218 F.2d 270 (5th Cir. 1954), 15070, Goodwill Industries of El Paso v. United States
|Citation:||218 F.2d 270|
|Party Name:||GOODWILL INDUSTRIES OF EL PASO v. UNITED STATES of America.|
|Case Date:||December 29, 1954|
|Court:||United States Courts of Appeals, Court of Appeals for the Fifth Circuit|
Ted Andress, El Paso, Tex., Andress, Lipscomb & Peticolas, El Paso, Tex., of counsel, for appellant.
Francis C. Broaddus, Jr., Asst. U.S. Atty., El Paso, Tex., Charles F. Herring, U.S. Atty., Austin, Tex., for appellee.
Before HOLMES and TUTTLE, Circuit Judges, and ALLRED, District Judge.
HOLMES, Circuit Judge.
This appeal is from a judgment dismissing an action, brought by appellant against the United States, under the Federal Tort Claims Act, for damages for loss of property caused by the alleged negligent acts and omissions of government employees. 28 U.S.C. § 1346(b). The court below dismissed the complaint on the ground that it failed to state a cause of action because it came within the exceptions to jurisdiction provided by Section 2680(a), Title 28 of the United States Code.
The complaint alleged that the appellant had clothing and personal property stored in locked buildings at Rio Vista Farm in El Paso County, Texas; that said Rio Vista Farm had been designated as a reception center for migratory Mexican workers, pursuant to an act of Congress; and that employees of the United States Labor Department moved a large number of such workers upon Rio Vista Farm where, by reason of the failure of said employees properly to supervise their activities, the said workers broke into the locked buildings and stole the property belonging to appellant.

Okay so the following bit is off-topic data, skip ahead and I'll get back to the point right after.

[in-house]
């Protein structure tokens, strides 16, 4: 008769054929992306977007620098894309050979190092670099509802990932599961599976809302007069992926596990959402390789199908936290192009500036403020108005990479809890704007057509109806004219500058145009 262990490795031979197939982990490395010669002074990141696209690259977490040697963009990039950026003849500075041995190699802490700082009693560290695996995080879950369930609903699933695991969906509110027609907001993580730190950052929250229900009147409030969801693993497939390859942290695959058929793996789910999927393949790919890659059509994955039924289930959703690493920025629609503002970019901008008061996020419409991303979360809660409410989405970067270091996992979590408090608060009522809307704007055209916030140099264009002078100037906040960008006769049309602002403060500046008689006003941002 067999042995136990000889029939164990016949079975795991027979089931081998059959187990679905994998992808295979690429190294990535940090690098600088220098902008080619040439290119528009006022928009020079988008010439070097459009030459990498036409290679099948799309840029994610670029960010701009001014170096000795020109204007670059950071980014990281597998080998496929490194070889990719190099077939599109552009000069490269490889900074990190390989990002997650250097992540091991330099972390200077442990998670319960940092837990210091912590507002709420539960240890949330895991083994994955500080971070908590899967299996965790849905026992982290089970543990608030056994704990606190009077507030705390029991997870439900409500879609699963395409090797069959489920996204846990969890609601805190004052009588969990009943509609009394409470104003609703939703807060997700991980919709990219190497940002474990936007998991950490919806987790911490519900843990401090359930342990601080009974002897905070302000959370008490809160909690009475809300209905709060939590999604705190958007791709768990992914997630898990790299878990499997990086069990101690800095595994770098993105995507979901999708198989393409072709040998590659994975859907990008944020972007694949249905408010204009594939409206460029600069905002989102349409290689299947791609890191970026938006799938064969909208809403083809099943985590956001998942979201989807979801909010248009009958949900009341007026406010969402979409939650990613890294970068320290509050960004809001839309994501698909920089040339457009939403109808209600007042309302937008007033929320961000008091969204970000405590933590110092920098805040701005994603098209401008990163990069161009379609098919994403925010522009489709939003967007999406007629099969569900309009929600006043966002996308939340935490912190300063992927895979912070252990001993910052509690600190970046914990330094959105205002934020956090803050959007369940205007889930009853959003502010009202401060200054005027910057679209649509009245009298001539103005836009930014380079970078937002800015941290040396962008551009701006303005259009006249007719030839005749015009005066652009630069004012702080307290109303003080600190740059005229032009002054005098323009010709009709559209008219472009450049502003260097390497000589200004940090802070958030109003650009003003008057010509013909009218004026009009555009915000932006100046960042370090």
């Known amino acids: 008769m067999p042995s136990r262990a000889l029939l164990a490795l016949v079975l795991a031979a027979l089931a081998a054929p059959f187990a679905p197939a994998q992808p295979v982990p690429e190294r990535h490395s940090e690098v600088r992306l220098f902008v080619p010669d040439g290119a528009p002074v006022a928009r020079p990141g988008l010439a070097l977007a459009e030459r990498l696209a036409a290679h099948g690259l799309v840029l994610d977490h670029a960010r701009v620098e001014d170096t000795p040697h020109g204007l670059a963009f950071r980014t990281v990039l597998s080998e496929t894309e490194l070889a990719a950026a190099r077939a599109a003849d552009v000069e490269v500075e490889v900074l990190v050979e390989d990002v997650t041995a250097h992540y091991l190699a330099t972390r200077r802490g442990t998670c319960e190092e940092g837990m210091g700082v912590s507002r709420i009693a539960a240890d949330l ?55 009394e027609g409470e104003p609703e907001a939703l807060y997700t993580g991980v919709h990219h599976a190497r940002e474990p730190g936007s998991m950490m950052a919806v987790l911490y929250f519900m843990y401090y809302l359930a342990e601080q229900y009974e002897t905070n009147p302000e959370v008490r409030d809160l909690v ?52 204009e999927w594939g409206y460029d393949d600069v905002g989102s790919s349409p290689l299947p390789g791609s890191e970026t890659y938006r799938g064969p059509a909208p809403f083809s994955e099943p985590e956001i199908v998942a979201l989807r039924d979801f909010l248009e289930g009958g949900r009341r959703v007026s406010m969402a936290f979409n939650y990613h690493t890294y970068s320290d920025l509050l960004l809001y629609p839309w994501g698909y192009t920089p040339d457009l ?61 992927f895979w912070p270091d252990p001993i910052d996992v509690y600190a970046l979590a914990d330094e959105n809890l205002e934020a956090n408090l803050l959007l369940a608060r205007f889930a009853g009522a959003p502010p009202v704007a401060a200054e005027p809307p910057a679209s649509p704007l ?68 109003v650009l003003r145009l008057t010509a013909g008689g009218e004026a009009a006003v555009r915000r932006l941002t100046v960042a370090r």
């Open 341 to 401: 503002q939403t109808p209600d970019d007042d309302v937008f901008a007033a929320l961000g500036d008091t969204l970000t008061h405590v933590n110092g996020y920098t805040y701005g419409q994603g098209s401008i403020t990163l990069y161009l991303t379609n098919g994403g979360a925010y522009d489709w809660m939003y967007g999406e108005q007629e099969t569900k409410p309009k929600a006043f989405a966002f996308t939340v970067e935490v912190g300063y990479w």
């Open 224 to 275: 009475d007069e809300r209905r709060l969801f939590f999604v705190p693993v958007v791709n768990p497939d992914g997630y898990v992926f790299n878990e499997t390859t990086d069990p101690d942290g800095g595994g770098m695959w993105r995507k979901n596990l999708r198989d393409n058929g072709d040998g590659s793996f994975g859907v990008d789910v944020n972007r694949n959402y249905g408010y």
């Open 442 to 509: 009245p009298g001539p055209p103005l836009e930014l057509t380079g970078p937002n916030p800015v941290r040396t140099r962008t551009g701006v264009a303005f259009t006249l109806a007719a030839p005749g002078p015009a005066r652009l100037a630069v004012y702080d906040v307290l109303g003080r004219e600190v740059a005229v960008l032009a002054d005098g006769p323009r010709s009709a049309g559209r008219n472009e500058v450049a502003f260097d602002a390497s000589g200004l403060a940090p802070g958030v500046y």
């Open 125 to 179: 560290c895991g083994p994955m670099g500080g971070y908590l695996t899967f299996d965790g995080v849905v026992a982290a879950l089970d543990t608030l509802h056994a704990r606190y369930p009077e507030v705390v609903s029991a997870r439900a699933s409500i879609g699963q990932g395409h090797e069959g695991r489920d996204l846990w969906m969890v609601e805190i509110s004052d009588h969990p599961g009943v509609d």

The motion to dismiss was sustained on the basis of the provisions contained in Section 2680(a) of Title 28 United States Code, which provides that said section shall not apply to any claim based on the act or omission of an employee of the government, exercising due care, in the execution of a statute or regulation, whether or not the statute or regulation be valid, or based upon the exercise or performance of, or the failure to exercise or perform, a discretionary function or duty on the part of a federal agency or of any employee of the government, whether or not the discretion involved be abused.
Appellant contends that the above exceptions are not applicable, because (a) the government was not exercising a governmental function, but only a proprietary function in the handling of the migratory workers, and (b)...
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